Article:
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Is admissions really that competitive?

royalrangeroyalrange Registered User Posts: 25 New Member
edited December 2016 in Graduate School
From sources such as thegradcafe, I have seen mountains and mountains of rejections for MS degrees before one admit shows up. This is from a school ranked around 20-30 nationally (US) in my field of interest. Another school I looked at (ranked 50+ nationally) boasts an admission rate of approximately 10% or lower for their MS degree.

How is it possible for even MS programs to be so incredibly low? People say to first do an MS to boost your chances of getting into a strong PhD program if your current credentials are lacking (which probably fits my scenario). But if programs in the top 50 or so only accept few (10% or lower) applicants for their MS, how exactly does one get in without applying to some low tier school?

Because of this I am extremely anxious about graduate admissions. There are a number of schools that have Jan 15 deadlines or later in which I can still apply to, but I feel very unmotivated thinking about my prospects.

Replies to: Is admissions really that competitive?

  • xraymancsxraymancs Forum Champion Graduate School Posts: 4,647 Forum Champion
    It very much depends on the field and the specific graduate program. You don't provide enough context for anyone to really answer.
  • royalrangeroyalrange Registered User Posts: 25 New Member
    edited December 2016
    I am applying for programs in electrical engineering.

    The University of Wisconsin-Madison, ranked in the 20-30 range in the US by QS, provides statistics for their admission rates: https://www.gradsch.wisc.edu/webextras/education/academicprograms/profiles/382MS.pdf.
    The number of admission offers for international applicants for the MS, for the most recent period given, was a low 9.3%. I am an international applicant.

    The Iowa State University, ranked in the 50-60 range in the US by QS, states "For the MS and Ph.D. degree programs... admission is typically offered to 5- to 10-percent of our applicants" :http://www.ece.iastate.edu/academics/graduate-faqs/. Although it can be argued that the admission rate for MS at this school is much higher, I highly doubt that there is such a significant percentage difference between the admission rates for the MS versus the PhD.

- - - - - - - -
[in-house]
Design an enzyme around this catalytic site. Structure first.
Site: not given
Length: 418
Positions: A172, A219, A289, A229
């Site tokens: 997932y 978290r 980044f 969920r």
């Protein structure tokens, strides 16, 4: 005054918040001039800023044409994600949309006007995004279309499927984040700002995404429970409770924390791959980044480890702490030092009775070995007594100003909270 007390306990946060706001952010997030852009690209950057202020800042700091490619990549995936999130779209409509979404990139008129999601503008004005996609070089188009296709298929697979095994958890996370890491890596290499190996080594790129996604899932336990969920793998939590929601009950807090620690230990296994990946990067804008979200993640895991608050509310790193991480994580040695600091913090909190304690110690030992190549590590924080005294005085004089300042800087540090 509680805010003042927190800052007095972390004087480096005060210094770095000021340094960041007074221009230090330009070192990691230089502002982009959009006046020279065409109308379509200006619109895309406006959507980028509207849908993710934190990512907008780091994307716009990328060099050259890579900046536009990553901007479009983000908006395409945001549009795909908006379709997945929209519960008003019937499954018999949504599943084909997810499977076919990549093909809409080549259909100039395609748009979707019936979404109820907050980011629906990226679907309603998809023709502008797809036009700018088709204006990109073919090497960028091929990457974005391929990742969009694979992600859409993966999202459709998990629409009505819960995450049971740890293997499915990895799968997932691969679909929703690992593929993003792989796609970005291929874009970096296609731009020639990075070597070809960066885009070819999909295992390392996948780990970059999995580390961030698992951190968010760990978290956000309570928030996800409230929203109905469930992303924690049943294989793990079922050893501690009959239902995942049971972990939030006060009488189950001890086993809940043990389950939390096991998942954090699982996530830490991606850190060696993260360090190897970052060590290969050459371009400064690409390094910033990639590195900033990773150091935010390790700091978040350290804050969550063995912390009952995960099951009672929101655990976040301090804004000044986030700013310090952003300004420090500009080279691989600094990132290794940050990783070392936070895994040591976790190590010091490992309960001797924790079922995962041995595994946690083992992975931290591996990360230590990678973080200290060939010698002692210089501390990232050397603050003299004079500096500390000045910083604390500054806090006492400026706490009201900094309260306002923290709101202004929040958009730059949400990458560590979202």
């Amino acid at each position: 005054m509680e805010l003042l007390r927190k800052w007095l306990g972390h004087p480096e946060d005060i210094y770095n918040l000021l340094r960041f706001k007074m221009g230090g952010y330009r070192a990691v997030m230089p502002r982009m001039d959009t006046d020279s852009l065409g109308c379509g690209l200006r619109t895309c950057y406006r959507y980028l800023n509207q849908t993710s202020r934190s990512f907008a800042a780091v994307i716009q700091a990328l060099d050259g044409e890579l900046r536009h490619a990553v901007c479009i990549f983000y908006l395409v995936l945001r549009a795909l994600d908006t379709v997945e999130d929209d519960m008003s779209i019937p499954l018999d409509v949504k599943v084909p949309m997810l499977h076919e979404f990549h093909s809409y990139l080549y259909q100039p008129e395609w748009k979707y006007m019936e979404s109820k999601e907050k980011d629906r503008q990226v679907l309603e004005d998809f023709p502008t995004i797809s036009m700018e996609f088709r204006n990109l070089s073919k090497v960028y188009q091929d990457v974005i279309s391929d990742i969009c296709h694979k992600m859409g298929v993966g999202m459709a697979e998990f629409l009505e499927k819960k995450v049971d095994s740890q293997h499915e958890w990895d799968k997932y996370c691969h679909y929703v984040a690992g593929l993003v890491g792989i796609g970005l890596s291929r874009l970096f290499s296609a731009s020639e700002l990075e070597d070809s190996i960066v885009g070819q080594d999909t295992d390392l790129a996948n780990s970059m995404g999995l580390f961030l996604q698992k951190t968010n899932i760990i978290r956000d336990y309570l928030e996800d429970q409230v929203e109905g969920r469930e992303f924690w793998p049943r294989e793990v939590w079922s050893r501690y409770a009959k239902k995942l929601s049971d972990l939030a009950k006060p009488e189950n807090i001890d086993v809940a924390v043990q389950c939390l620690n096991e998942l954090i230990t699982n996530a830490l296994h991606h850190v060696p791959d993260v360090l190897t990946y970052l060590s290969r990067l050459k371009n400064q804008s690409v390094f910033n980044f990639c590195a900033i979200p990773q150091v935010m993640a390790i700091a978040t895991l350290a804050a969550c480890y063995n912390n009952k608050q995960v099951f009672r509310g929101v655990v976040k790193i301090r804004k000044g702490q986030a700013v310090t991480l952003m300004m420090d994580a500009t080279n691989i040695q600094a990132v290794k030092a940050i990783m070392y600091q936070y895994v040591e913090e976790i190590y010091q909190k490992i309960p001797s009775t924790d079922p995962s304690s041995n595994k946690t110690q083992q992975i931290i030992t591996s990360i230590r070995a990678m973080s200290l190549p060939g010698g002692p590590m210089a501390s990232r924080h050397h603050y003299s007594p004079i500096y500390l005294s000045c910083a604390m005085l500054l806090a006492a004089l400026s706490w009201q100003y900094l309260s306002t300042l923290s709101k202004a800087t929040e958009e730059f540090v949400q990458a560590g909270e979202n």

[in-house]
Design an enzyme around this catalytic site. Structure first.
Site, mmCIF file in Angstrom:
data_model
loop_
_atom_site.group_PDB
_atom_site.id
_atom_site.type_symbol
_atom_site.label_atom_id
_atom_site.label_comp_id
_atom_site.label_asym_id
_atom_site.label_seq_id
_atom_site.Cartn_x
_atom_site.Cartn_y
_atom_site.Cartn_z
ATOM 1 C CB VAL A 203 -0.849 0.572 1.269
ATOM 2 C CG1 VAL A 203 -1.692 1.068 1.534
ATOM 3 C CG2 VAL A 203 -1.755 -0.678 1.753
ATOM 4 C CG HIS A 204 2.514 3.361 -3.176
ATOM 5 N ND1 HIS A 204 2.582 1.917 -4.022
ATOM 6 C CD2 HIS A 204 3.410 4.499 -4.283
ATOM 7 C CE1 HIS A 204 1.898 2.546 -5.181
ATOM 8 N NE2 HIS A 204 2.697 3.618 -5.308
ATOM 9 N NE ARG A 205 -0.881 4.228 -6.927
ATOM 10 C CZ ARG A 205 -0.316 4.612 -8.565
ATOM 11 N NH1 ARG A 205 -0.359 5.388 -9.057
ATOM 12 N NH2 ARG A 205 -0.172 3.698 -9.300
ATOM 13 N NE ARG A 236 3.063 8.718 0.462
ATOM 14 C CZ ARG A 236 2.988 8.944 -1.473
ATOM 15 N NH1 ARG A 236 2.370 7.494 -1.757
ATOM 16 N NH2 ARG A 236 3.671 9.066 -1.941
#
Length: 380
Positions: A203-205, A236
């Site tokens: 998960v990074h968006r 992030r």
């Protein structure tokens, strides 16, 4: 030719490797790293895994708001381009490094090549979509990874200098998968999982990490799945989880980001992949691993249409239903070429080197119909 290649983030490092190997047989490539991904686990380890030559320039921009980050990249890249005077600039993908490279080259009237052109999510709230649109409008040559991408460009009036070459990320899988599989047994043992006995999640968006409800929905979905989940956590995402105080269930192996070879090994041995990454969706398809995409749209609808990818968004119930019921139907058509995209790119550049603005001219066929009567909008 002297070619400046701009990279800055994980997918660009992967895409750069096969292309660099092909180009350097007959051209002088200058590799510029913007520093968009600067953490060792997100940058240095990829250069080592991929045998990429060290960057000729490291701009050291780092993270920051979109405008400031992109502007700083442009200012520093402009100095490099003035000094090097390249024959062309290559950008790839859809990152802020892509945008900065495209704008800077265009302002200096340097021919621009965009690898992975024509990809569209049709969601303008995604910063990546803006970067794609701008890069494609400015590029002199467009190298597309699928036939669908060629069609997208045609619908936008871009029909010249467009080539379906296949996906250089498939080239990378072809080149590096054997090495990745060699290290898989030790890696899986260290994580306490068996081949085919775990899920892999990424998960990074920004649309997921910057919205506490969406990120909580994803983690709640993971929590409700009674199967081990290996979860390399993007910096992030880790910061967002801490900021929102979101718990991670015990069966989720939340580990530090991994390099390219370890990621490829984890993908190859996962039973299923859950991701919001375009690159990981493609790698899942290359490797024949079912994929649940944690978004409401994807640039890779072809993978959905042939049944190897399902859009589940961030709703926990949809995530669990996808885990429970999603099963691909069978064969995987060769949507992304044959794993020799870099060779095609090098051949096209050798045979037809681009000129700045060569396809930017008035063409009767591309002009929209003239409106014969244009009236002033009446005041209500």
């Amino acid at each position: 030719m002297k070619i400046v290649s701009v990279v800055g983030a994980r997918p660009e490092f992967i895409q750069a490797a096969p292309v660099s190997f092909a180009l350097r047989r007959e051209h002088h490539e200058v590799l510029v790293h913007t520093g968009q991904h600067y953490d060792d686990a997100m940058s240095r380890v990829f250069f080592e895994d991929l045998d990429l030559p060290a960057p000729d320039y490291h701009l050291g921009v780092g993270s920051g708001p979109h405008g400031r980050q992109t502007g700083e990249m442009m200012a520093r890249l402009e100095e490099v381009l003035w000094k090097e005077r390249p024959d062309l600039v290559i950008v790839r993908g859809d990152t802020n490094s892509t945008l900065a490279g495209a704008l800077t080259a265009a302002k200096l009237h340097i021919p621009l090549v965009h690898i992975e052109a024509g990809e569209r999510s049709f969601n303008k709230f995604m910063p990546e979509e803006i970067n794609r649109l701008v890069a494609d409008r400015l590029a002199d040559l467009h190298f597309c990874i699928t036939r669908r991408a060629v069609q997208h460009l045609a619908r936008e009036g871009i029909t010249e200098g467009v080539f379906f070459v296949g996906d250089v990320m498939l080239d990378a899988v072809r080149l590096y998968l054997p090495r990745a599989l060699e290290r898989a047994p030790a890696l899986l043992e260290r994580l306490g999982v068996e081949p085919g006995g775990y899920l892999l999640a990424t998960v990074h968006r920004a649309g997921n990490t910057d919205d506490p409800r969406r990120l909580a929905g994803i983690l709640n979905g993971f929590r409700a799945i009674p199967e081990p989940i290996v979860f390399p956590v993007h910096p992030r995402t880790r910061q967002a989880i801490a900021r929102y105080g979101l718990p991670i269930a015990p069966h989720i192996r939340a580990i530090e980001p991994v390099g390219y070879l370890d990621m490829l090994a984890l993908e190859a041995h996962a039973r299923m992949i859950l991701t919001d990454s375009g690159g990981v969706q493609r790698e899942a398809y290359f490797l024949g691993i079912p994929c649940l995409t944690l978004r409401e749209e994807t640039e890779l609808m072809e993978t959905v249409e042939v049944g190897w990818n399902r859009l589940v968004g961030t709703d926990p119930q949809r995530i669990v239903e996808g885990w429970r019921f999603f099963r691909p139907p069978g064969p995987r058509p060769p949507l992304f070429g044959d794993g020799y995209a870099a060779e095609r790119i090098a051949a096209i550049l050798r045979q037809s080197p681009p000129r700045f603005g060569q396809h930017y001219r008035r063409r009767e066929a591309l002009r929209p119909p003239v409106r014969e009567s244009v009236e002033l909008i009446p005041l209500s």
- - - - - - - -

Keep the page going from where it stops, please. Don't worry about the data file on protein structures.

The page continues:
I haven't applied to these programs, but I am feeling hopeless just by looking at figures like these. Are admission rates like these typically expected for MS programs, even at schools ranked ~50+ in the US?
  • Karme1121Karme1121 Registered User Posts: 70 Junior Member
    I am not sure if this is the case in your field. However, many graduate programs are fully funded in that they give you a living stipend and cover the majority of your tuition, If that is the case for the program you are looking at then that could be one of the reasons why. I have a daughter graduating with her masters and applying to many schools for a PhD program. Some of the schools only accept 1 or 2 students per year, mainly because they need to be paired up with a professor as their advisor/mentor that has the same interests in the field and she is only looking at schools that will fully fund her. It is extremely competitive. She has applied to many schools from the higher ranked to the lesser ranked schools in order to try to increase the odds to get accepted into at least 1 program/school. Best of luck to you!
  • juilletjuillet Super Moderator Posts: 12,713 Super Moderator
    While thegradcafe can be a source of really useful information, it should primarily be viewed as a place for qualitative information and not any reliable quantitative data. The acceptance/rejection statistics at thegradcafe are based entirely on people voluntarily providing accurate data to the engine. But not everyone is aware of the website, and therefore not everyone who applies to a program reports their results. You may only be seeing a small fraction of the people who applied to a program, and maybe the people who did report to thegradcafe are disproportionately the folks who got rejected. You definitely can't estimate acceptance rates from the website.

    My advice may sound counterintuitive, but don't worry so much about acceptance rates. What you really need to worry about is your fit for the programs you are applying for and your own credentials. The fact that a program has a 10% acceptance rate, for example, may not matter if you are a superstar candidate. Your odds may thus be higher. Maybe a program has a low acceptance rate because everyone is trying to shoot their shot despite not being qualified.

    So talk to your advisor, take a good look at your application, and think about where your credentials match the average profile of students who are accepted. Then don't worry about acceptance rates.
  • ~~~~~~ Registered User Posts: 103 Junior Member
    UW stats shows that domestic admission acceptance rates for both PhD and MS are 50+. Internationals are 10- I wonder the acceptance rate for international without Chinese students?
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